Centauri Dreams 15 Mar 2018, 17:50 UTC What happens to a spacecraft at the end of its mission depends on where it’s located. We sent Galileo into Jupiter on September 21, 2003 not so much to gather data but because the spacecraft had not been sterilized before launch. A crash into one of the Galilean moons could potentially have compromised our future searches for life there, but a plunge into Jupiter’s atmosphere eliminated the problem. Cassini met a similar fate at Saturn, and in both cases, the need to keep a fuel reserve available for that final maneuver was paramount. Now we face a different kind of problem with Kepler, a doughty spacecraft that has more than lived up to its promise despite numerous setbacks, but one that is getting perilously low on fuel. With no nearby world to compromise, Kepler’s challenge is to keep enough fuel in reserve to maximize its scientific potential before its thrusters fail, thus making it impossible for the spacecraft to be aimed at Earth for data transfer. In an Earth-trailing orbit 151 million kilometers from Earth, Kepler’s fuel tank is expected to run dry within a few months, according to this news release from NASA Ames. The balancing act for its ...
Astrobiology Magazine 15 Mar 2018, 16:00 UTC Elements found in the mantles of Earth and Mars could be indicative of giant impacts early in the histories of both planets.
All About Space 15 Mar 2018, 13:47 UTC Ceres, the only dwarf planet in our inner Solar System, appears to have a dynamic body that is constantly changing. NASA’s Dawn spacecraft, currently orbiting the small world, has revealed exposed deposits that uncover the evolving material within the crust. Observations taken between April and October 2016 show an increase of ice within the Juling Crater.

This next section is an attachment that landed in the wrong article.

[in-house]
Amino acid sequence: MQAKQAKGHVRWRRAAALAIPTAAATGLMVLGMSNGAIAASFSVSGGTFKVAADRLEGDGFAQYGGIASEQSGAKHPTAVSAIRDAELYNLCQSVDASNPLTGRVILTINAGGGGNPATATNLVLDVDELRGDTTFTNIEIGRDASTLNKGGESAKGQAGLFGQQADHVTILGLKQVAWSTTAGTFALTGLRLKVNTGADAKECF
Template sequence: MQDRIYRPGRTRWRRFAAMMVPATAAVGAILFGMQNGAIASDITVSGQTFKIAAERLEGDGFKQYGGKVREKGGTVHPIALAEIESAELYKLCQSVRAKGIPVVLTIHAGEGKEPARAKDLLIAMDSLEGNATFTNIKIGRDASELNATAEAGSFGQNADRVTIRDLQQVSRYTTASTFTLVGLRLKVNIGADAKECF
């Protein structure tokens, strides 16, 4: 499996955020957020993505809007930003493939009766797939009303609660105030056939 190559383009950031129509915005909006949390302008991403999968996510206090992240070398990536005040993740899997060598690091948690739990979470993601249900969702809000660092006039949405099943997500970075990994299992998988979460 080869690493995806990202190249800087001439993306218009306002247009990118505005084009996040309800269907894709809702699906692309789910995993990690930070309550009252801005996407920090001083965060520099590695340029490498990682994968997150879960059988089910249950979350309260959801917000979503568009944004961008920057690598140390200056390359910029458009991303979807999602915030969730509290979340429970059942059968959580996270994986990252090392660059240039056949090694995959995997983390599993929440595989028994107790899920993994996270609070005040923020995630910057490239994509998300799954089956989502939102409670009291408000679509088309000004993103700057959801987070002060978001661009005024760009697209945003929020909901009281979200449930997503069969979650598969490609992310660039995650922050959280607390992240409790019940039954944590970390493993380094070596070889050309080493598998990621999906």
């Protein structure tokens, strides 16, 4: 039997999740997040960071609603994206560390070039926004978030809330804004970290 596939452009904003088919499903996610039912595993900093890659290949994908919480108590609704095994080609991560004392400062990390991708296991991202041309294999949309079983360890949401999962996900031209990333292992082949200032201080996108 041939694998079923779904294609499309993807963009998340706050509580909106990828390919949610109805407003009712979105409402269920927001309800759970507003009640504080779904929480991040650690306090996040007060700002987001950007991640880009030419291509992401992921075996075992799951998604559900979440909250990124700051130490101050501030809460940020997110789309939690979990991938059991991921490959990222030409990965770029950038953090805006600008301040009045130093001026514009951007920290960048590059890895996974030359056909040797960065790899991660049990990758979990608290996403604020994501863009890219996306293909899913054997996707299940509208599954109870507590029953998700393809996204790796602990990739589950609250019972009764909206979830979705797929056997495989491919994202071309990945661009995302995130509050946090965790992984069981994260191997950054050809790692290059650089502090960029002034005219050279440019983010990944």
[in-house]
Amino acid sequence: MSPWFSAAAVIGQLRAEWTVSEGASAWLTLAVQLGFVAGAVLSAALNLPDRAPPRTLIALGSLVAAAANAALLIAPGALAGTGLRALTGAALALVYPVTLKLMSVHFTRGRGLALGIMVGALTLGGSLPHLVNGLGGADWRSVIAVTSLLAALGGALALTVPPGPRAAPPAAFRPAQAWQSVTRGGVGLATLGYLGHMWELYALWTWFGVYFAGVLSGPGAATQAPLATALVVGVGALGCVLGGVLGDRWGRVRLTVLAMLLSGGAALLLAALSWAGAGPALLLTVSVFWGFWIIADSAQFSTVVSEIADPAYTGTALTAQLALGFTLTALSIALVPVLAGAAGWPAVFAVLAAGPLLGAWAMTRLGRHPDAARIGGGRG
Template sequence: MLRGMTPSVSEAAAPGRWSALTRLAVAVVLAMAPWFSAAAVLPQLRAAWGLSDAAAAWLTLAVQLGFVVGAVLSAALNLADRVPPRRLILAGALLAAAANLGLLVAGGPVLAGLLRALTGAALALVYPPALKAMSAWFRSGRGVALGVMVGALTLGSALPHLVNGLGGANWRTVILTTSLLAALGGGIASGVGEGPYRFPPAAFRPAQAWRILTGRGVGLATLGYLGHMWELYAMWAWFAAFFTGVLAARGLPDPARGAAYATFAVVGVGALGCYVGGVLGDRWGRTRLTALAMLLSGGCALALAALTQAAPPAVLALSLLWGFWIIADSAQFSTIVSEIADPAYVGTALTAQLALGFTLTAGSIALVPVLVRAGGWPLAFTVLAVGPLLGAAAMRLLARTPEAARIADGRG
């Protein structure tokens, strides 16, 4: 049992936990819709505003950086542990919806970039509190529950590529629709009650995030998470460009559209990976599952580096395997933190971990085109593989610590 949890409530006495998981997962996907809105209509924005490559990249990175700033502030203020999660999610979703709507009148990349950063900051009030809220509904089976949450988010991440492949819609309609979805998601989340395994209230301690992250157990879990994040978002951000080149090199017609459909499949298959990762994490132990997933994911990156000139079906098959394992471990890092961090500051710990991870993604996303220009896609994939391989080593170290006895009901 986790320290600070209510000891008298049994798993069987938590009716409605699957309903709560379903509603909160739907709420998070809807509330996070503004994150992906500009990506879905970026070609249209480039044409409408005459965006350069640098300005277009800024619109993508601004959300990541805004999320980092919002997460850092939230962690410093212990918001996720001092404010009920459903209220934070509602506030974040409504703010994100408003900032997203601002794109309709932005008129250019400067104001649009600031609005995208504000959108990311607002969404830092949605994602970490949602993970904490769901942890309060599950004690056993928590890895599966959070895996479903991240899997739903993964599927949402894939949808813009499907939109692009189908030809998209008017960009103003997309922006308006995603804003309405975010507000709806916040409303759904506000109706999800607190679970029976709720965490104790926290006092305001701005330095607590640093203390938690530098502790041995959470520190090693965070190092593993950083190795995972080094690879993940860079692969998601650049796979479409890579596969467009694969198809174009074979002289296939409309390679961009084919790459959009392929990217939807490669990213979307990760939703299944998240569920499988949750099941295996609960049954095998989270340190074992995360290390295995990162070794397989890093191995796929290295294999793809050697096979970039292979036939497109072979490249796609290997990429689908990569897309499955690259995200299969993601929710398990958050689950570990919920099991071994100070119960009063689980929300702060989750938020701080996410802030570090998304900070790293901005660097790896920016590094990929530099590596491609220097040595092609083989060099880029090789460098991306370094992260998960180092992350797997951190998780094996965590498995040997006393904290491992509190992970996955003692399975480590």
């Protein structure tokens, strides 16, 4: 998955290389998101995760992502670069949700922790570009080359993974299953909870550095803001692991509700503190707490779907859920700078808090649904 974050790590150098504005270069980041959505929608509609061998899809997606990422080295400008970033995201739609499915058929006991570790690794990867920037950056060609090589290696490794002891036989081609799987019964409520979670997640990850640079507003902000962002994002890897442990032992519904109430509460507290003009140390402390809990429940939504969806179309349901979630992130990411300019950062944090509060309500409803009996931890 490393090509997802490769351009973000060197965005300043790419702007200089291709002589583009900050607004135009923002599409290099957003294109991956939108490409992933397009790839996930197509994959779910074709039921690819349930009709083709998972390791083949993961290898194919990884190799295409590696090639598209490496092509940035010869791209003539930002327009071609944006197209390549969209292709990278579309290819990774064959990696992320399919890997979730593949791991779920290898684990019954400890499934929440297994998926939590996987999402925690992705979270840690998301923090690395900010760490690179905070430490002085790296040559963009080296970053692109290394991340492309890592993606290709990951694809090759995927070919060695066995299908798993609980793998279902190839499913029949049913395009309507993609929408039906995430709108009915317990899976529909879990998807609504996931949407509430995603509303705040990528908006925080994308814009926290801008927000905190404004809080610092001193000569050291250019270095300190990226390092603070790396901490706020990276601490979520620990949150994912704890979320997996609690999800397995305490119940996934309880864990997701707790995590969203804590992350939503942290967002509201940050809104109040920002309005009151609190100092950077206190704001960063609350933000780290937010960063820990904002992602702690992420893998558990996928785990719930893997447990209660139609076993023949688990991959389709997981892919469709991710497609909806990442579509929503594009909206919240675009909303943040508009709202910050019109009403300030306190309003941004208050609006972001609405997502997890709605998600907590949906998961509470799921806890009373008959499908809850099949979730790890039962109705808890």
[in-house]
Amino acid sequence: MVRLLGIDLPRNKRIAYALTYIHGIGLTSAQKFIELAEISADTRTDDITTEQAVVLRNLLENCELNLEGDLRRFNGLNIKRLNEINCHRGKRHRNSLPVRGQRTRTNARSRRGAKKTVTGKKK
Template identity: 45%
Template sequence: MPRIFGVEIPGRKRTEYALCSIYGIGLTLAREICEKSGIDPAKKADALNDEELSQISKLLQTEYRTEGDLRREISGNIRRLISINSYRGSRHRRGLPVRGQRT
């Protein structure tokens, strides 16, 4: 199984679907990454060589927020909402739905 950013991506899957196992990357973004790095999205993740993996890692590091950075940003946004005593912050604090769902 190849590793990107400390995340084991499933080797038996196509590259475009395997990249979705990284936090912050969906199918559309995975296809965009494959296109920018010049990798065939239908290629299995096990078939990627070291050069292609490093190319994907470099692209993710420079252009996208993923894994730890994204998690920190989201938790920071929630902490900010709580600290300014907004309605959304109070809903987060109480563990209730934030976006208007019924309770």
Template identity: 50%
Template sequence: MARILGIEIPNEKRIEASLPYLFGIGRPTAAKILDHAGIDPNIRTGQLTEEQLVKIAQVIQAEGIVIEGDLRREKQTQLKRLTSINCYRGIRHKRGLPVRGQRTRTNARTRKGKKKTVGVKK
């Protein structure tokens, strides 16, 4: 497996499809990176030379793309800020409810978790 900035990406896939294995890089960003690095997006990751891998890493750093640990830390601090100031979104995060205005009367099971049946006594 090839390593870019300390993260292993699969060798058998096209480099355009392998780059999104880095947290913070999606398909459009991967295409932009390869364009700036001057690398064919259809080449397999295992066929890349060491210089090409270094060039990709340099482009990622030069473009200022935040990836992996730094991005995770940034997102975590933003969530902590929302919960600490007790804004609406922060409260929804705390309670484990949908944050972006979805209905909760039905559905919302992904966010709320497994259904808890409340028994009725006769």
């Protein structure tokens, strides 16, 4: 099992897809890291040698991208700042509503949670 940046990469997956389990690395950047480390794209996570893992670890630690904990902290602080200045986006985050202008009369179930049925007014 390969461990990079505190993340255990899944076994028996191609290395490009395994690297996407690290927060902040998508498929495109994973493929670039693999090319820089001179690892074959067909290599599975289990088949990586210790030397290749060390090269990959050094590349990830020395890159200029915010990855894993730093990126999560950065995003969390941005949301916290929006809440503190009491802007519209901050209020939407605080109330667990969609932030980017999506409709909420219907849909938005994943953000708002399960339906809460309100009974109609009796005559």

SPACE.com 15 Mar 2018, 11:25 UTC NASA is pressing forward on plans to build a Lunar Orbital Platform-Gateway, an outpost for astronauts positioned in the space near Earth's moon. According to NASA, the Gateway will not only be a place to live, learn and work around the moon but will also support an array of missions to the lunar surface. And scientists foresee a host of uses for the station. By making use of a suite of instruments housed on or inside the structure itself, or free-flying nearby, scientists could make Earth and solar observations.They could also carry out astrophysics and fundamental physics experiments as well as human physiology and space biology studies.
ABC 15 Mar 2018, 08:11 UTC Twins separated by outer space are no longer identical.As part of NASA's Twins Study, astronaut Scott Kelly was sent to space, while his brother Mark, also an astronaut, stayed on Earth. NASA created the study to research how one year in space could affect the human body.
Sky and Telescope 14 Mar 2018, 20:45 UTC Storms in the outer solar system have researchers puzzled — and Hubble is here to help. Jupiter's Great Red Spot has been shrinking for decades — yet it’s getting slightly taller even as its reduces in width, a new study revealed Tuesday. The storm’s shape change might also affect its increasingly orange color. And last month, NASA released images of a large storm on Neptune that’s shrinking instead of falling apart; researchers previously thought the storm would dissipate as it moved towards the planet’s equator.
New Scientist 14 Mar 2018, 18:00 UTC The dwarf planet Ceres, once thought to be a dead and static rock, may have water cycles. Observations from the Dawn spacecraft have shown a crater wall becoming icier as the sun’s position changed in the sky over the course of six months, indicating that subsurface ice particles may be lofted up into the air and land on the wall like dew.
Astronomy Now 14 Mar 2018, 14:52 UTC In 1054, some 6,500 years after the fact, light from a bright supernova reached Earth, mystifying Chinese astronomers and others who described a “new star” in the constellation Taurus. Modern astronomers now know the explosion left behind an ultra-dense pulsar at the heart of a vast cloud of stellar debris, a highly-magnetised neutron star that rotates once every 33 milliseconds and shoots out polar jets of matter and antimatter along with powerful solar winds.